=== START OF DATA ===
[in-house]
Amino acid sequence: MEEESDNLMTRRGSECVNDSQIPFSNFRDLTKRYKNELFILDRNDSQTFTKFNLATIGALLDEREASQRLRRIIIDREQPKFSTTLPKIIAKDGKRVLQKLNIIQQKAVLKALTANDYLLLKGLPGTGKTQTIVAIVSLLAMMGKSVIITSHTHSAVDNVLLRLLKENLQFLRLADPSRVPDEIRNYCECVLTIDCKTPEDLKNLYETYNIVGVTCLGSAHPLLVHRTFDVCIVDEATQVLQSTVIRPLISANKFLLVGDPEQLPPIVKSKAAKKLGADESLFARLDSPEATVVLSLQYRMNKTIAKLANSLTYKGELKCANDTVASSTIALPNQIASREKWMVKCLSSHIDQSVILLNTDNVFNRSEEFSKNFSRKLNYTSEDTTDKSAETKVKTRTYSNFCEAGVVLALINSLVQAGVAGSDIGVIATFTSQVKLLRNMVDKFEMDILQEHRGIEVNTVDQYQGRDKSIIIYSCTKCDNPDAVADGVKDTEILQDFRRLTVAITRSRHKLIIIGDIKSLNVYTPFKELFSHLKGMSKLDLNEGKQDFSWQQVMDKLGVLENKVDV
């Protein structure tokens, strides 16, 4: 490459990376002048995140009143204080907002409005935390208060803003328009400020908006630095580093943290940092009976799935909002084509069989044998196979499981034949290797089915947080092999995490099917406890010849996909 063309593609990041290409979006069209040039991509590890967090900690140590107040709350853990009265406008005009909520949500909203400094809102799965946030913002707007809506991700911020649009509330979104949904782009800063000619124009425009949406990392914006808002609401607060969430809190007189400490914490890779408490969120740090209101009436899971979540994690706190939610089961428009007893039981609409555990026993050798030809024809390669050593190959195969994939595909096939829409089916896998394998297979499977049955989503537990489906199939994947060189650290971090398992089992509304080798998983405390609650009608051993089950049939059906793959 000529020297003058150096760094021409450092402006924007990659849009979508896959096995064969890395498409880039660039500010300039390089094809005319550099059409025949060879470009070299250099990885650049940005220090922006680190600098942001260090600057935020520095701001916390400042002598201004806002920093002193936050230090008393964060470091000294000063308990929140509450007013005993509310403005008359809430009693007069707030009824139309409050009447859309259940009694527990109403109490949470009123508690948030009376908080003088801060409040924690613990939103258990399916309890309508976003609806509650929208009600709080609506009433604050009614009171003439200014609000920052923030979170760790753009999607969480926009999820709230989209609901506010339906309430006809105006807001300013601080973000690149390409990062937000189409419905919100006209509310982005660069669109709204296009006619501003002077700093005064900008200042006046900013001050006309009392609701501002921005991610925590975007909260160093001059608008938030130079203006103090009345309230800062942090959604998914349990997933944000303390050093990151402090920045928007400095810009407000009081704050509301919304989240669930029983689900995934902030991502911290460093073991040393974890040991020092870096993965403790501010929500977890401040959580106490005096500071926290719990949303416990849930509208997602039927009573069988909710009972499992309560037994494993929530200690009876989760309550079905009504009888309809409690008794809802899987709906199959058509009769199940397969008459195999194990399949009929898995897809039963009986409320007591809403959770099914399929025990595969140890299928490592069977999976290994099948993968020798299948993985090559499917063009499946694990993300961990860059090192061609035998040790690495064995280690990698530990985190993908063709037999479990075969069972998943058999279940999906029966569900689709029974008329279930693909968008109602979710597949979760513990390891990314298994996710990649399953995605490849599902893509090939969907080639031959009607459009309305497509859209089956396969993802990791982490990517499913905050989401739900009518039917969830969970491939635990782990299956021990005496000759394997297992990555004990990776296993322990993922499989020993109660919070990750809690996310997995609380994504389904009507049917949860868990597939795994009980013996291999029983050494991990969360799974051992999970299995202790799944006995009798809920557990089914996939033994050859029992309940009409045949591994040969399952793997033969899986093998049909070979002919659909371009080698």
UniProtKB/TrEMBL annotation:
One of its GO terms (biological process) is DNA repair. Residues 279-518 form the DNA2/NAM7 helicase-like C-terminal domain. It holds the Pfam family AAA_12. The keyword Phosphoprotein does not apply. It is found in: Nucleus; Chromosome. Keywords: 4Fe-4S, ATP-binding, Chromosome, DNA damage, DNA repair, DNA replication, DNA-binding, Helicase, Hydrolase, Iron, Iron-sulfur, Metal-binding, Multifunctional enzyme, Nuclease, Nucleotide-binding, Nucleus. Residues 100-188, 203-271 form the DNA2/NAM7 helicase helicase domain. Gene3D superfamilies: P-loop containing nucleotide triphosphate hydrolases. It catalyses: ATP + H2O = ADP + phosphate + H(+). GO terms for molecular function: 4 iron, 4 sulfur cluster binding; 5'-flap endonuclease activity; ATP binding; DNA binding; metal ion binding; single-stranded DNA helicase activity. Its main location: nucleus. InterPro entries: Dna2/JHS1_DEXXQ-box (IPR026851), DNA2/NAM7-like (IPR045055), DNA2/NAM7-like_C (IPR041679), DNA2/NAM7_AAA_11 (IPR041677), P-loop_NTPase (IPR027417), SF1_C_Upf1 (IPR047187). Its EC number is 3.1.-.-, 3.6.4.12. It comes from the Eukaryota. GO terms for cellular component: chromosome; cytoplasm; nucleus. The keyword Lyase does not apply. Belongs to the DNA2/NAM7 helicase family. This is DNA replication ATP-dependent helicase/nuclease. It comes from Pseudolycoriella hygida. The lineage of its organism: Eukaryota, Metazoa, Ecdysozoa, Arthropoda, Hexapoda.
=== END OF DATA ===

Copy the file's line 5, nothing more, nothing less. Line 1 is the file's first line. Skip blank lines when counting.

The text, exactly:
One of its GO terms (biological process) is DNA repair. Residues 279-518 form the DNA2/NAM7 helicase-like C-terminal domain. It holds the Pfam family AAA_12. The keyword Phosphoprotein does not apply. It is found in: Nucleus; Chromosome. Keywords: 4Fe-4S, ATP-binding, Chromosome, DNA damage, DNA repair, DNA replication, DNA-binding, Helicase, Hydrolase, Iron, Iron-sulfur, Metal-binding, Multifunctional enzyme, Nuclease, Nucleotide-binding, Nucleus. Residues 100-188, 203-271 form the DNA2/NAM7 helicase helicase domain. Gene3D superfamilies: P-loop containing nucleotide triphosphate hydrolases. It catalyses: ATP + H2O = ADP + phosphate + H(+). GO terms for molecular function: 4 iron, 4 sulfur cluster binding; 5'-flap endonuclease activity; ATP binding; DNA binding; metal ion binding; single-stranded DNA helicase activity. Its main location: nucleus. InterPro entries: Dna2/JHS1_DEXXQ-box (IPR026851), DNA2/NAM7-like (IPR045055), DNA2/NAM7-like_C (IPR041679), DNA2/NAM7_AAA_11 (IPR041677), P-loop_NTPase (IPR027417), SF1_C_Upf1 (IPR047187). Its EC number is 3.1.-.-, 3.6.4.12. It comes from the Eukaryota. GO terms for cellular component: chromosome; cytoplasm; nucleus. The keyword Lyase does not apply. Belongs to the DNA2/NAM7 helicase family. This is DNA replication ATP-dependent helicase/nuclease. It comes from Pseudolycoriella hygida. The lineage of its organism: Eukaryota, Metazoa, Ecdysozoa, Arthropoda, Hexapoda.